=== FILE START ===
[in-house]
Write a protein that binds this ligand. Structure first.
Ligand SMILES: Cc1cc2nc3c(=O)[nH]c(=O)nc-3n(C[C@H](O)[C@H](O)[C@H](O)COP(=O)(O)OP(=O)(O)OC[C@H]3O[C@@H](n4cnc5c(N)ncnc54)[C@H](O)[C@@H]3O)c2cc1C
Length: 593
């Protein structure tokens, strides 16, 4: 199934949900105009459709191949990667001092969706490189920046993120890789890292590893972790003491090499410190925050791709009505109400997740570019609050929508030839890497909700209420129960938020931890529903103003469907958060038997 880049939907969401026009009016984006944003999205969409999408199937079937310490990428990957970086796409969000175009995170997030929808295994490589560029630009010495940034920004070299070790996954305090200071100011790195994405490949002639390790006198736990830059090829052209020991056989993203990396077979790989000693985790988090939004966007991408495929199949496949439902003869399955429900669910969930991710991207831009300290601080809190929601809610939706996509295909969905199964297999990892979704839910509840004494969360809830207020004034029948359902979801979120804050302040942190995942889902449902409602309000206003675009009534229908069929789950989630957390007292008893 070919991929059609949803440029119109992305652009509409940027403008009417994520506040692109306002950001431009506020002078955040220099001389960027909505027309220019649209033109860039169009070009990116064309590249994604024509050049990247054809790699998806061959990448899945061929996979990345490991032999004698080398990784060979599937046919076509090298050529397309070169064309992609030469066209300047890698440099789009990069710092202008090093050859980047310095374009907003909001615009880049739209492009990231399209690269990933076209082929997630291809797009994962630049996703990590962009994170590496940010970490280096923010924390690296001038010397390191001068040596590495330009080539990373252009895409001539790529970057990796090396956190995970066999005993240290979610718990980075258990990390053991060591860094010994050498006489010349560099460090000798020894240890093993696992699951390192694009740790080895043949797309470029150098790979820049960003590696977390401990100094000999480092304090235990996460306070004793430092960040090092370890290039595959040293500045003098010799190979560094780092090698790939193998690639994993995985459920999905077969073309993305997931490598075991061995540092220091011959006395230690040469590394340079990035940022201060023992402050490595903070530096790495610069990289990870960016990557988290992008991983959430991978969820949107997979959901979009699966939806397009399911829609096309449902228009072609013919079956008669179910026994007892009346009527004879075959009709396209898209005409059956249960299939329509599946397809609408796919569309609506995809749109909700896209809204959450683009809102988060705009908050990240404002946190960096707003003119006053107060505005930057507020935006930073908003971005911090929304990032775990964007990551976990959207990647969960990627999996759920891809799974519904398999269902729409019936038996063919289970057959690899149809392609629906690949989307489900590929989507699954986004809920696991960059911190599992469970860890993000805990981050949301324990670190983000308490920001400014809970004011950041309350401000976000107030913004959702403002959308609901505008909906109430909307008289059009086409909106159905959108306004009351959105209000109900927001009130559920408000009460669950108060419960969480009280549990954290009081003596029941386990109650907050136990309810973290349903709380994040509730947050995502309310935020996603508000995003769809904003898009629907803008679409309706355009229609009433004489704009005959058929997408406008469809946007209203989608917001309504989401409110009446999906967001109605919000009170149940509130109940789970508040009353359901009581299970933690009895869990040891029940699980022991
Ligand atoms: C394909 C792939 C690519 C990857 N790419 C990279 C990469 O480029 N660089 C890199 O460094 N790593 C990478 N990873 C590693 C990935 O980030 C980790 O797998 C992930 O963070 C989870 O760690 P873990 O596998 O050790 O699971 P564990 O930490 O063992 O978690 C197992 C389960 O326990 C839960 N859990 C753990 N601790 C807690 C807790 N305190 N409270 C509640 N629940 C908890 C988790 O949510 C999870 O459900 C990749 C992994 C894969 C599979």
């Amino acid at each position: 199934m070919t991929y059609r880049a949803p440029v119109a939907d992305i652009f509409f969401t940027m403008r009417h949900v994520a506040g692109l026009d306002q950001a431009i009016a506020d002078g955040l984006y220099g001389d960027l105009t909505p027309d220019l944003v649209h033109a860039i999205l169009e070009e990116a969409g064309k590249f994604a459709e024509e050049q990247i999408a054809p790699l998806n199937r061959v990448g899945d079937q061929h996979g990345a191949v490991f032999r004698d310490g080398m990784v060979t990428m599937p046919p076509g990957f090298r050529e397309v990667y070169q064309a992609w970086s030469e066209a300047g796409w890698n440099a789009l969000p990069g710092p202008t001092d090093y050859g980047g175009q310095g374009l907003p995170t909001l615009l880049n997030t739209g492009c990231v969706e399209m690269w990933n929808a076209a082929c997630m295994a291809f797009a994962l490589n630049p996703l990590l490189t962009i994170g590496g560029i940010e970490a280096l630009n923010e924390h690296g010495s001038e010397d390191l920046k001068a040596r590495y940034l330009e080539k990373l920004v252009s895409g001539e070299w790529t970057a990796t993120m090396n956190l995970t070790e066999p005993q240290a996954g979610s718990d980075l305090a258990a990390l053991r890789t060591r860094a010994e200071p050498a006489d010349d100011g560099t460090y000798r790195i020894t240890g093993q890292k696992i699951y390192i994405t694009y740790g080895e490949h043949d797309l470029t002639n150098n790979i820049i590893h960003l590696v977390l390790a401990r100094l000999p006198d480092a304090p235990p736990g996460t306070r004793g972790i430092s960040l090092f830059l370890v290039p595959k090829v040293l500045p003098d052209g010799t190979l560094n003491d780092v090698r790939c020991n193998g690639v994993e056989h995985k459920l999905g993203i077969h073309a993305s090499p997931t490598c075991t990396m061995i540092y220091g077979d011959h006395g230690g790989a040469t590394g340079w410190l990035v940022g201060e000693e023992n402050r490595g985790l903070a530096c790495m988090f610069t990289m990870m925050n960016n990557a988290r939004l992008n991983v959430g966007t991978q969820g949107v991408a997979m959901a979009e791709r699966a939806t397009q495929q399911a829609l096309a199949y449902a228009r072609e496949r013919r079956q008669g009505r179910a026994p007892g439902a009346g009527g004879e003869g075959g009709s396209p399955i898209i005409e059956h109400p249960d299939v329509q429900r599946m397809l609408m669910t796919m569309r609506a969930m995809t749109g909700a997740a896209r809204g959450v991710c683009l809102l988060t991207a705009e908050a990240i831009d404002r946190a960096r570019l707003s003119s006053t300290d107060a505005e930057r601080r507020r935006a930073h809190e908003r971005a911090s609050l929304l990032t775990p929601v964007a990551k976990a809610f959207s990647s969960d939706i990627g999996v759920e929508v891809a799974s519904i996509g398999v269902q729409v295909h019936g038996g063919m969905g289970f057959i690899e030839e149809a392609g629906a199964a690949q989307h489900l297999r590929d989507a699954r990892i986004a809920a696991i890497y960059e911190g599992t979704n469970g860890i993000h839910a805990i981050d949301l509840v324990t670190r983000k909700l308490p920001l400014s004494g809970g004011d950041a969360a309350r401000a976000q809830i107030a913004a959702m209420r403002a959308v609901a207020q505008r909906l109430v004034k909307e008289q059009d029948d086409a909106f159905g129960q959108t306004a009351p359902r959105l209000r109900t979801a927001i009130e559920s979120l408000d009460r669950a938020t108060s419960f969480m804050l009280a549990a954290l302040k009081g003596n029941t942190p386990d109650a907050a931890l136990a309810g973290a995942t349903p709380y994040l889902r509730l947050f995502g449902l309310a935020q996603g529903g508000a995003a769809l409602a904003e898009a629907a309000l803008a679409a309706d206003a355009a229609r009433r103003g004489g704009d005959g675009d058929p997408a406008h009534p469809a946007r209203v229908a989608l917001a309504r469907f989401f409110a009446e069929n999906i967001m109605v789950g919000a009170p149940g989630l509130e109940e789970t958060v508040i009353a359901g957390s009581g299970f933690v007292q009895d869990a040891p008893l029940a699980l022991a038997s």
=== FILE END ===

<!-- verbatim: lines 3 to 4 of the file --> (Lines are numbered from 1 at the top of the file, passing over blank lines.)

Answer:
Ligand SMILES: Cc1cc2nc3c(=O)[nH]c(=O)nc-3n(C[C@H](O)[C@H](O)[C@H](O)COP(=O)(O)OP(=O)(O)OC[C@H]3O[C@@H](n4cnc5c(N)ncnc54)[C@H](O)[C@@H]3O)c2cc1C
Length: 593